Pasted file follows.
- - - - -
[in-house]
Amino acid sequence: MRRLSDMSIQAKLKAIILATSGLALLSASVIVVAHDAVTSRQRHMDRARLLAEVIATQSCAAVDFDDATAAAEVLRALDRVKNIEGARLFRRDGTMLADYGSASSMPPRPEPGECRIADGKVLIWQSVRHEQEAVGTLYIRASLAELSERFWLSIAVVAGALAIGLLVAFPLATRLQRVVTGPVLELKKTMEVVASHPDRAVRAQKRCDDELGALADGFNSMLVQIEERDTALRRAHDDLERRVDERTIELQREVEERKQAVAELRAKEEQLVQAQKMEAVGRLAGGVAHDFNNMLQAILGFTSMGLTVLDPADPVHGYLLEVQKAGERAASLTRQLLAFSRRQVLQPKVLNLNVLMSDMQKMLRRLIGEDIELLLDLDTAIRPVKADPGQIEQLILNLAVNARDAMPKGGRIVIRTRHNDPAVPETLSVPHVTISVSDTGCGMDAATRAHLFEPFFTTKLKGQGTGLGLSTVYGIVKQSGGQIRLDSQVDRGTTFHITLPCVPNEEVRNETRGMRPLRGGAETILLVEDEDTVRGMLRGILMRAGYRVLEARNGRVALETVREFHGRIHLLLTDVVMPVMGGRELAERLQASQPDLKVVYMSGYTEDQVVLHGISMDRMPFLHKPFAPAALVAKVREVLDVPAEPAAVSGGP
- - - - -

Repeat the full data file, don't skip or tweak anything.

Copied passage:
[in-house]
Amino acid sequence: MRRLSDMSIQAKLKAIILATSGLALLSASVIVVAHDAVTSRQRHMDRARLLAEVIATQSCAAVDFDDATAAAEVLRALDRVKNIEGARLFRRDGTMLADYGSASSMPPRPEPGECRIADGKVLIWQSVRHEQEAVGTLYIRASLAELSERFWLSIAVVAGALAIGLLVAFPLATRLQRVVTGPVLELKKTMEVVASHPDRAVRAQKRCDDELGALADGFNSMLVQIEERDTALRRAHDDLERRVDERTIELQREVEERKQAVAELRAKEEQLVQAQKMEAVGRLAGGVAHDFNNMLQAILGFTSMGLTVLDPADPVHGYLLEVQKAGERAASLTRQLLAFSRRQVLQPKVLNLNVLMSDMQKMLRRLIGEDIELLLDLDTAIRPVKADPGQIEQLILNLAVNARDAMPKGGRIVIRTRHNDPAVPETLSVPHVTISVSDTGCGMDAATRAHLFEPFFTTKLKGQGTGLGLSTVYGIVKQSGGQIRLDSQVDRGTTFHITLPCVPNEEVRNETRGMRPLRGGAETILLVEDEDTVRGMLRGILMRAGYRVLEARNGRVALETVREFHGRIHLLLTDVVMPVMGGRELAERLQASQPDLKVVYMSGYTEDQVVLHGISMDRMPFLHKPFAPAALVAKVREVLDVPAEPAAVSGGP